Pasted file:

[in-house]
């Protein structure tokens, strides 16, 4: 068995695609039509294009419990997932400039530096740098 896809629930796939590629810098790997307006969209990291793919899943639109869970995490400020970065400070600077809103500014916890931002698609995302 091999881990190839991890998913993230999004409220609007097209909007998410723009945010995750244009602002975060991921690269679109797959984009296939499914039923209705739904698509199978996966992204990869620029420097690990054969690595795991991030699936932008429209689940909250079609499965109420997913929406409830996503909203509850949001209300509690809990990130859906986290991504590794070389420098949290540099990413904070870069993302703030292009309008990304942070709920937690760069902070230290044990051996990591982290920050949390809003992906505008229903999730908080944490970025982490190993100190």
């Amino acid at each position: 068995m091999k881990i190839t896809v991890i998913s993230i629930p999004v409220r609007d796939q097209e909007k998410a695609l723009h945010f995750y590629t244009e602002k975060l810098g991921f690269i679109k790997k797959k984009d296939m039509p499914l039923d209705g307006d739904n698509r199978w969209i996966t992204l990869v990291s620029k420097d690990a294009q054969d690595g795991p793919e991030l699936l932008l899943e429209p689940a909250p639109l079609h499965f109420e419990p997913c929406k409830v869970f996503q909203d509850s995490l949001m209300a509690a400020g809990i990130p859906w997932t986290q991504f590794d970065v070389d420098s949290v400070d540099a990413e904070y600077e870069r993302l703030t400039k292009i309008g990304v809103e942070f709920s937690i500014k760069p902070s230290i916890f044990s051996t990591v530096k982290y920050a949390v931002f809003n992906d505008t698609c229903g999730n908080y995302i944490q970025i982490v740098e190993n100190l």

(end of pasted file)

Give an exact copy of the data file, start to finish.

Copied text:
[in-house]
């Protein structure tokens, strides 16, 4: 068995695609039509294009419990997932400039530096740098 896809629930796939590629810098790997307006969209990291793919899943639109869970995490400020970065400070600077809103500014916890931002698609995302 091999881990190839991890998913993230999004409220609007097209909007998410723009945010995750244009602002975060991921690269679109797959984009296939499914039923209705739904698509199978996966992204990869620029420097690990054969690595795991991030699936932008429209689940909250079609499965109420997913929406409830996503909203509850949001209300509690809990990130859906986290991504590794070389420098949290540099990413904070870069993302703030292009309008990304942070709920937690760069902070230290044990051996990591982290920050949390809003992906505008229903999730908080944490970025982490190993100190």
């Amino acid at each position: 068995m091999k881990i190839t896809v991890i998913s993230i629930p999004v409220r609007d796939q097209e909007k998410a695609l723009h945010f995750y590629t244009e602002k975060l810098g991921f690269i679109k790997k797959k984009d296939m039509p499914l039923d209705g307006d739904n698509r199978w969209i996966t992204l990869v990291s620029k420097d690990a294009q054969d690595g795991p793919e991030l699936l932008l899943e429209p689940a909250p639109l079609h499965f109420e419990p997913c929406k409830v869970f996503q909203d509850s995490l949001m209300a509690a400020g809990i990130p859906w997932t986290q991504f590794d970065v070389d420098s949290v400070d540099a990413e904070y600077e870069r993302l703030t400039k292009i309008g990304v809103e942070f709920s937690i500014k760069p902070s230290i916890f044990s051996t990591v530096k982290y920050a949390v931002f809003n992906d505008t698609c229903g999730n908080y995302i944490q970025i982490v740098e190993n100190l």